(We’re veering off our usual beaten paths in this post, as DGR reviews the latest releases from The Algorithm and The Luna Sequence.)
We don’t generally cover techno/electronica/dj acts here at No Clean Singing, and I know that my presence has largely been the reason we might have in the past. You’ll likely never see the more straightforward of such acts here, but I will wholly admit to being drawn to the hybrid monsters — the ones that have combined their music with heavy metal and over time have morphed into some strange creatures. Those have been a huge draw for me, and when it comes to artists who I think are doing it particularly well, then you’ll see that I’ll make some continuing attempts to cover them. However, I understand that taking up the front page when there is so much more traditional metal news out there might irk some folks, so I’ve combined two of the more recent works into one huge mega-review article.
Both of these names, The Algorithm and The Luna Sequence, should be familiar to a bunch of you more regular readers, as I have made efforts in the past to share their work, which I’ve quite enjoyed over the years. It just so happens that both artists managed to have new albums, Octopus4 and Fearful Shepherds Hunt Their Sheep respectively, hit around the same time. And thus we find ourselves in a huge review where you can witness me talk out of my ass about electronica music — of which I know between fuck-all and absolute zero — and heavy metal, about which I’ve made writing a huge hobby. Below, you can watch me thrash about between the two moods while I try my best to articulate why exactly I’ve found myself enjoying the hell out of both The Algorithm and The Luna Sequence releases in recent months.
(During my recent stay in Wisconsin for Gilead Fest I had the pleasure of meeting both Tanner Anderson (Obsequiae, Celestial) and his friend Ben Smasher. I later discovered that Ben had written for his own blog about Tanner’s band Obsequiae (formerly Autumnal Winds), and I asked for and received permission to reprint it here (slightly edited), since we have inexcusably failed to review Obsequiae’s music before.)
written by Ben Smasher
Today I am feeling relieved. My trouble began when I met Tanner Anderson in the winter of 2007, and soon after was the first time I’d heard Autumnal Winds. Upon loving it immensely (see my review), there was always this distracting itch that I couldn’t scratch. I really wanted to be able to say the typical phrase, “Oh, this is just like ______ crossed with ______.” There was such a tangible familiarity, which I am usually able to quantify easily by describing it as “A thrashier ______” or something to that effect.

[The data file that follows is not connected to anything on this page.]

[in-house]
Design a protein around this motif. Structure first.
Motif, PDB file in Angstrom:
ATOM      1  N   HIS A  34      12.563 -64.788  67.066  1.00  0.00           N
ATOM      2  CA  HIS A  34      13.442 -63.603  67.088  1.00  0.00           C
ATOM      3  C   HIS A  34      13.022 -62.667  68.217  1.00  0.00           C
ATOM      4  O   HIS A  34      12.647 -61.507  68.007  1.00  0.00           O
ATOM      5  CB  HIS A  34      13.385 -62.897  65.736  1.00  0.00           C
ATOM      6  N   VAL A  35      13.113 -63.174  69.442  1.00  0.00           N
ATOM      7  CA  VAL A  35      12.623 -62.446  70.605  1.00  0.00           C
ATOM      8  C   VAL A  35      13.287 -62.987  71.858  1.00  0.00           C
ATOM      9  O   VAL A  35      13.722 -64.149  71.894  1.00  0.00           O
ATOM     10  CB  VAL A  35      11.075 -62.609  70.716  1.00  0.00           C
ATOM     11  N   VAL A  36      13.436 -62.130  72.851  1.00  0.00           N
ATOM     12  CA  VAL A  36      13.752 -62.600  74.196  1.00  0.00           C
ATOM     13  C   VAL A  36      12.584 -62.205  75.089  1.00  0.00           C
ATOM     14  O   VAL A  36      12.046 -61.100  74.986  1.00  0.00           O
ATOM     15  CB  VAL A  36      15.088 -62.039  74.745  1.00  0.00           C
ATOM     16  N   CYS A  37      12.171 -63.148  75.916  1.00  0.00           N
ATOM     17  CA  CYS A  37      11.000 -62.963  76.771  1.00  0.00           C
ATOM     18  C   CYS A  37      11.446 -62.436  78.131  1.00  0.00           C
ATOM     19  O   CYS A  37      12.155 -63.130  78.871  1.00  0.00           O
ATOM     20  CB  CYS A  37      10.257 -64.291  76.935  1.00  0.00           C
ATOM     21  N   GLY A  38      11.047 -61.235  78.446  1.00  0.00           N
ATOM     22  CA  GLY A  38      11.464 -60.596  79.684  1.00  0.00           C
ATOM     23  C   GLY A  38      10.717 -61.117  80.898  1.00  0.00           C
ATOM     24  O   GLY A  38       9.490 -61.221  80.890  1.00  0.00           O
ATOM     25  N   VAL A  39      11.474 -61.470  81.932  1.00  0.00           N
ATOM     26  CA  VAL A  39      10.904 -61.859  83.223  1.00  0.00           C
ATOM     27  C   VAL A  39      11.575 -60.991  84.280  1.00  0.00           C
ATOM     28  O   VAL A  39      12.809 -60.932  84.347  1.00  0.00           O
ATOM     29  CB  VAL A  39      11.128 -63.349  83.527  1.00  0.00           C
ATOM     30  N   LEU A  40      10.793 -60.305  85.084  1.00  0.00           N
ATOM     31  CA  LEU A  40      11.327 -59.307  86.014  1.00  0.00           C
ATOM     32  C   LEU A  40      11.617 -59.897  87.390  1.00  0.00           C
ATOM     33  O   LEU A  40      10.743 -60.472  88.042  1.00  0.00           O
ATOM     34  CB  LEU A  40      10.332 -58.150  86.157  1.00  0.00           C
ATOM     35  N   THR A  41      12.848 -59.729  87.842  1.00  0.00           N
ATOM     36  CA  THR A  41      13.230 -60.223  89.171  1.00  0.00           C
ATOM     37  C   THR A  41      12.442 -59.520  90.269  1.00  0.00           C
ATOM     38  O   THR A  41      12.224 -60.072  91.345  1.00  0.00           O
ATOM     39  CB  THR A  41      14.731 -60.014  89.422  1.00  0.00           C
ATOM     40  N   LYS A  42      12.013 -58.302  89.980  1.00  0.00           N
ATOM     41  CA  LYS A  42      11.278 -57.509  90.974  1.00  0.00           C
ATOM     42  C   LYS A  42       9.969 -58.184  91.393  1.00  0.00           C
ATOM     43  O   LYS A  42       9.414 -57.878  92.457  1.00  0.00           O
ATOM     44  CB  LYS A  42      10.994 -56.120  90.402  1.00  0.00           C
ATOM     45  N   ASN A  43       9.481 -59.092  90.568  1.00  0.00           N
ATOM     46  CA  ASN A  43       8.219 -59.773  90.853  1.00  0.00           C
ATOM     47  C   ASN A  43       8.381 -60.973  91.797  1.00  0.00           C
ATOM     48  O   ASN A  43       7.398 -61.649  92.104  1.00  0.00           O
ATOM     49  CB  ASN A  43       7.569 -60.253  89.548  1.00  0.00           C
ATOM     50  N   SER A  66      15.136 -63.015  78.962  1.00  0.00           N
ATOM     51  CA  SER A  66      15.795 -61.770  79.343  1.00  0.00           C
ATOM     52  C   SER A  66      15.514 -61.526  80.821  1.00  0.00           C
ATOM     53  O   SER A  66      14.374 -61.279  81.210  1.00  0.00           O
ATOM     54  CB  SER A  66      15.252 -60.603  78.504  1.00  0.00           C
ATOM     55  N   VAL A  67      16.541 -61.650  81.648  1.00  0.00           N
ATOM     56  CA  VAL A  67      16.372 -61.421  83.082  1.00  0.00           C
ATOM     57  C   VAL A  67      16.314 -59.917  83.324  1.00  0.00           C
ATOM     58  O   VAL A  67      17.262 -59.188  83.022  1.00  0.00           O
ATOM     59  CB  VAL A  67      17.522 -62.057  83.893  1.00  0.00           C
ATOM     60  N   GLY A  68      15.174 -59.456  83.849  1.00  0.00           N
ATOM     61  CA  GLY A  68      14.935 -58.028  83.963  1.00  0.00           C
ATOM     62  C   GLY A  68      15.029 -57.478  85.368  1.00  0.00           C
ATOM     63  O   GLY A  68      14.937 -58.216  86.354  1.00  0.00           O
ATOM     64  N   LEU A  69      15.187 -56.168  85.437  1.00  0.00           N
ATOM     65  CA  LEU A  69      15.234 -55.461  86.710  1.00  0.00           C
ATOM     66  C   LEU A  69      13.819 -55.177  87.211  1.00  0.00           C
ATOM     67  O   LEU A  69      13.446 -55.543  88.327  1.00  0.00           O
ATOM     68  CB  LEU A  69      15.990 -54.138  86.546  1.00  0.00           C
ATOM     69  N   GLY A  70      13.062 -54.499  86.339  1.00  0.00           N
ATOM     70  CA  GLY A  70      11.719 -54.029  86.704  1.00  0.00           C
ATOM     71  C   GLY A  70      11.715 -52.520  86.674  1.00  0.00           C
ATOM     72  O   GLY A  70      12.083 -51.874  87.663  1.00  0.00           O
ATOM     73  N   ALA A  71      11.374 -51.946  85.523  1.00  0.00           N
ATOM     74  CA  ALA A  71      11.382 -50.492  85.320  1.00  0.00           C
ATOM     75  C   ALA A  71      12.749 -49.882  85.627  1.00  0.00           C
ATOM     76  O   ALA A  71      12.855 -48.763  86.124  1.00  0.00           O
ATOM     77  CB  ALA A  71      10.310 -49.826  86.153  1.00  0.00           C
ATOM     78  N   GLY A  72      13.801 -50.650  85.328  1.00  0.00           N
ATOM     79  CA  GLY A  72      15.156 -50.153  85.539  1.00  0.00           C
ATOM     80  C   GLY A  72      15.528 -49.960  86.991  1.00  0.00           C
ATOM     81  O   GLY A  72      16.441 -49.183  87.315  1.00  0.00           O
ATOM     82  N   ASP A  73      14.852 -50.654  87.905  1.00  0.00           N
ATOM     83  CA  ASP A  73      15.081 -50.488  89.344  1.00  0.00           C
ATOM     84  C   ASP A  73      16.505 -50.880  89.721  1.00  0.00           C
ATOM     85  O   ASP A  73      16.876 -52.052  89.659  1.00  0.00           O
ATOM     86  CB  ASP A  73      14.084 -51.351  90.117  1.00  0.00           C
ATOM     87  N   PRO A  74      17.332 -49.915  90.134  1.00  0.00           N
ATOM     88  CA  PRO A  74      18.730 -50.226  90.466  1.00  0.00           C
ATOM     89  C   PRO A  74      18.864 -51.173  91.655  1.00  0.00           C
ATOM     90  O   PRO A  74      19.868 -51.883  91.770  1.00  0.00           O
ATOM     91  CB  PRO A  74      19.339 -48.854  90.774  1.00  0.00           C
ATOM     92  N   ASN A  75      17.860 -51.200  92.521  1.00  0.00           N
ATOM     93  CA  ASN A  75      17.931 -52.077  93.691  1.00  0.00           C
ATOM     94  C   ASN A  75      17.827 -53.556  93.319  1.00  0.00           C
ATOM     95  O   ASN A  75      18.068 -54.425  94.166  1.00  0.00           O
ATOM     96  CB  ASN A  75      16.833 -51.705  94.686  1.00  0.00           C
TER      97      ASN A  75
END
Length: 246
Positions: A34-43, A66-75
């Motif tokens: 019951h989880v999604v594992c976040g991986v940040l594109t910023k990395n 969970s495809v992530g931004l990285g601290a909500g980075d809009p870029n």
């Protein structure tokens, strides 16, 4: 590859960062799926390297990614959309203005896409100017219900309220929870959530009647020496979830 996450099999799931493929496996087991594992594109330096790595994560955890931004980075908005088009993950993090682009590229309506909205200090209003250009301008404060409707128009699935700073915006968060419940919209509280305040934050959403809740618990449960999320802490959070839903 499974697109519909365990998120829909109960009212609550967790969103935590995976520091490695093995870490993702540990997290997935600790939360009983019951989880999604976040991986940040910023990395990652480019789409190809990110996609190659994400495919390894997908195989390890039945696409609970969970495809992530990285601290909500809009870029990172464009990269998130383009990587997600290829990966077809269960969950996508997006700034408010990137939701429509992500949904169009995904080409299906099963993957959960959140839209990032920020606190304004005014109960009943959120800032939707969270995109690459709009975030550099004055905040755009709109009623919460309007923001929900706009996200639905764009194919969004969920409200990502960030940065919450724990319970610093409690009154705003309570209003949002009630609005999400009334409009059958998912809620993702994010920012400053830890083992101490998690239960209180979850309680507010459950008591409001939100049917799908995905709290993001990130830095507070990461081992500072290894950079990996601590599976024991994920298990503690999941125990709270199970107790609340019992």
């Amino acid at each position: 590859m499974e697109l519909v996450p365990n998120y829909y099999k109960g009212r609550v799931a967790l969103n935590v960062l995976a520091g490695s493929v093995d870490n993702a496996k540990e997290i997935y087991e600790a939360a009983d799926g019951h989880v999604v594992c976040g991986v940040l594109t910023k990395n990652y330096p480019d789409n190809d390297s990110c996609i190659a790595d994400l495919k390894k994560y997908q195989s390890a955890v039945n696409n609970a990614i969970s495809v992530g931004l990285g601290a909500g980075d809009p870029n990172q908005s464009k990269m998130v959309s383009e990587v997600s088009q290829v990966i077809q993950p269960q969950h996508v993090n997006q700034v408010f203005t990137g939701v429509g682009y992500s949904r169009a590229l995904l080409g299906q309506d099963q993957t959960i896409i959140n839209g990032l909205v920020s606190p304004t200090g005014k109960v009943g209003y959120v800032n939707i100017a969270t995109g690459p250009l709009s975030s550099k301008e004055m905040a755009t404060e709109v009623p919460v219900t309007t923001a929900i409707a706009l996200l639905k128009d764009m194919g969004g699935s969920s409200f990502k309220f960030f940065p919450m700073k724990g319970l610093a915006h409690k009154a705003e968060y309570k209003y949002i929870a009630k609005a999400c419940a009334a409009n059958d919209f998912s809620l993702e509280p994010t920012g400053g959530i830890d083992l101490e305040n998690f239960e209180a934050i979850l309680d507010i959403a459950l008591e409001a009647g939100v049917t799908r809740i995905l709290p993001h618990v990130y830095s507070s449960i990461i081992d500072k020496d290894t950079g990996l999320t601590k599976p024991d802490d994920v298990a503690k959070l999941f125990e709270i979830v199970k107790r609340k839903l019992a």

This trouble is even further fueled by Tanner’s and my mutual and unforgivably rampant obsession with melodic black and death metal bands of the 1990′s. Knowing that Tanner’s and my CD collections are largely interchangeable makes it all the more frustrating that I couldn’t easily reverse-engineer Tanner’s music — be it Autumnal Winds or Obsequiae – into a palatable formula that could be stated in a short sentence.
The satisfaction and relief that I have found to this conundrum can be reduced to this article, by giving the music of Obsequiae the reverence it humbly commands. With the recent release of Obsequiae’s debut album on the vinyl format, I have been seeing an increasing number of comparisons, ranging from Agalloch to Hammers of Misfortune to Pentangle to Bathory. Each time I see this I inadvertently stomp my foot down because these associations are lazy, and do all parties a disservice.
(TheMadIsraeli reviews the new album by Fallujah.)
One of the things that consistently surprises me about music, in general, is how much some artists can change in their evolution yet still remain fundamentally the same. Fallujah released a pretty killer debut with The Harvest Wombs, a blitzkrieg of melodic technical death metal madness with a seasoning of Allan Holdsworth fusion thrown on top of it; the sound was the essence of ethereal yet feral. It was their way of achieving a sort of space-death sound, and it worked.
Of course, the other elements in the music helped, too. Fallujah pulls from a strange bag of tricks and smashes them together. The combination of death metal with a lot of post-y elements, including some borrowed from that end of the Black Metal spectrum, has cemented a sound I would argue is recognizably Fallujah, signature in nature.